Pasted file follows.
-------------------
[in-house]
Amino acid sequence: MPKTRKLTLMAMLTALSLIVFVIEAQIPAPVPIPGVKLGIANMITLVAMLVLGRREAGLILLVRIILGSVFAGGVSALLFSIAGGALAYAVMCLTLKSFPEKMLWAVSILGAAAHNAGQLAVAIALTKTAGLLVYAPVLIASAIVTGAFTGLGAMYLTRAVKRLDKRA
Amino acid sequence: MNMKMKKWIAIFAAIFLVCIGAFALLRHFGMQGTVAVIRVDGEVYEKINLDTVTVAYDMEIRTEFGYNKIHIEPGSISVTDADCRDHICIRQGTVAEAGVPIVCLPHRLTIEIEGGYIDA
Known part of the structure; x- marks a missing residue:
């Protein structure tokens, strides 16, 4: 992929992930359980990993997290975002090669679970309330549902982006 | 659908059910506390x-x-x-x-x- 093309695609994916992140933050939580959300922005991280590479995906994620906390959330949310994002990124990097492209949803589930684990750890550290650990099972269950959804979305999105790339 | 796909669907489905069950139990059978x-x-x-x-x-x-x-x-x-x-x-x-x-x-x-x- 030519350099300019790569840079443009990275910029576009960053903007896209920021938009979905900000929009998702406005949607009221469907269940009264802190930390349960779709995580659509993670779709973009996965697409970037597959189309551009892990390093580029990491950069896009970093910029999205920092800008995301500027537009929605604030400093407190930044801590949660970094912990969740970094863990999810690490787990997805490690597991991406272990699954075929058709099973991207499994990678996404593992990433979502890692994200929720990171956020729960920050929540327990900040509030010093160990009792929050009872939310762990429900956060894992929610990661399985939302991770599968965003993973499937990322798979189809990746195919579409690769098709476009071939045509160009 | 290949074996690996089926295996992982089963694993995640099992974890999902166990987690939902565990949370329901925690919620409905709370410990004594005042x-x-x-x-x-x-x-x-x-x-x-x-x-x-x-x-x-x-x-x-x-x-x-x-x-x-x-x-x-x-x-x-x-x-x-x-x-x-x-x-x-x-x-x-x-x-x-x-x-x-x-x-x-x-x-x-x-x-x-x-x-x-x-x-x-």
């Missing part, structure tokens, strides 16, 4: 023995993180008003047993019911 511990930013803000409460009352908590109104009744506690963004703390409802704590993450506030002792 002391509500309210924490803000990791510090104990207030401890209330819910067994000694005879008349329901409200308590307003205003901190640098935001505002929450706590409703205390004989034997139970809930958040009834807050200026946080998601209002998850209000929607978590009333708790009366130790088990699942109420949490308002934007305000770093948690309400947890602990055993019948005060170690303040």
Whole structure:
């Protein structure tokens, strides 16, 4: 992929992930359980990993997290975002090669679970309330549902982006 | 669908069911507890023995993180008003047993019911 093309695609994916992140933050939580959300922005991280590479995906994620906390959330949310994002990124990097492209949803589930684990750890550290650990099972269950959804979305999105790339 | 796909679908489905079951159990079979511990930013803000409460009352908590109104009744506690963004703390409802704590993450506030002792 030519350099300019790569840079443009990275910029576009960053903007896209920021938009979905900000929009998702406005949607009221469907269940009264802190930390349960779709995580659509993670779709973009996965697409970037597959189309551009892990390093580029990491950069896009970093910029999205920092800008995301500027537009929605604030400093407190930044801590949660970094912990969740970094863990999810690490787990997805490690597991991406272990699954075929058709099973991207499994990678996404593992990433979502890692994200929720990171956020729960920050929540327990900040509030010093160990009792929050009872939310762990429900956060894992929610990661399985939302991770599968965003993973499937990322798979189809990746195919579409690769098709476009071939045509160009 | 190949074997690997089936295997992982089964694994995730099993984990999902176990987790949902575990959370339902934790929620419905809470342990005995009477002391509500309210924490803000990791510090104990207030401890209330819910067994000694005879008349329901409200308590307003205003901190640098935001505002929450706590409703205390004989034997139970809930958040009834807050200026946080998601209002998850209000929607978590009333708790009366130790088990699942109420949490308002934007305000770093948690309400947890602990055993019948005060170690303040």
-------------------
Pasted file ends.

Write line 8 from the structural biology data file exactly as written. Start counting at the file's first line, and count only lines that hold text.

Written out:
């Protein structure tokens, strides 16, 4: 992929992930359980990993997290975002090669679970309330549902982006 | 669908069911507890023995993180008003047993019911 093309695609994916992140933050939580959300922005991280590479995906994620906390959330949310994002990124990097492209949803589930684990750890550290650990099972269950959804979305999105790339 | 796909679908489905079951159990079979511990930013803000409460009352908590109104009744506690963004703390409802704590993450506030002792 030519350099300019790569840079443009990275910029576009960053903007896209920021938009979905900000929009998702406005949607009221469907269940009264802190930390349960779709995580659509993670779709973009996965697409970037597959189309551009892990390093580029990491950069896009970093910029999205920092800008995301500027537009929605604030400093407190930044801590949660970094912990969740970094863990999810690490787990997805490690597991991406272990699954075929058709099973991207499994990678996404593992990433979502890692994200929720990171956020729960920050929540327990900040509030010093160990009792929050009872939310762990429900956060894992929610990661399985939302991770599968965003993973499937990322798979189809990746195919579409690769098709476009071939045509160009 | 190949074997690997089936295997992982089964694994995730099993984990999902176990987790949902575990959370339902934790929620419905809470342990005995009477002391509500309210924490803000990791510090104990207030401890209330819910067994000694005879008349329901409200308590307003205003901190640098935001505002929450706590409703205390004989034997139970809930958040009834807050200026946080998601209002998850209000929607978590009333708790009366130790088990699942109420949490308002934007305000770093948690309400947890602990055993019948005060170690303040």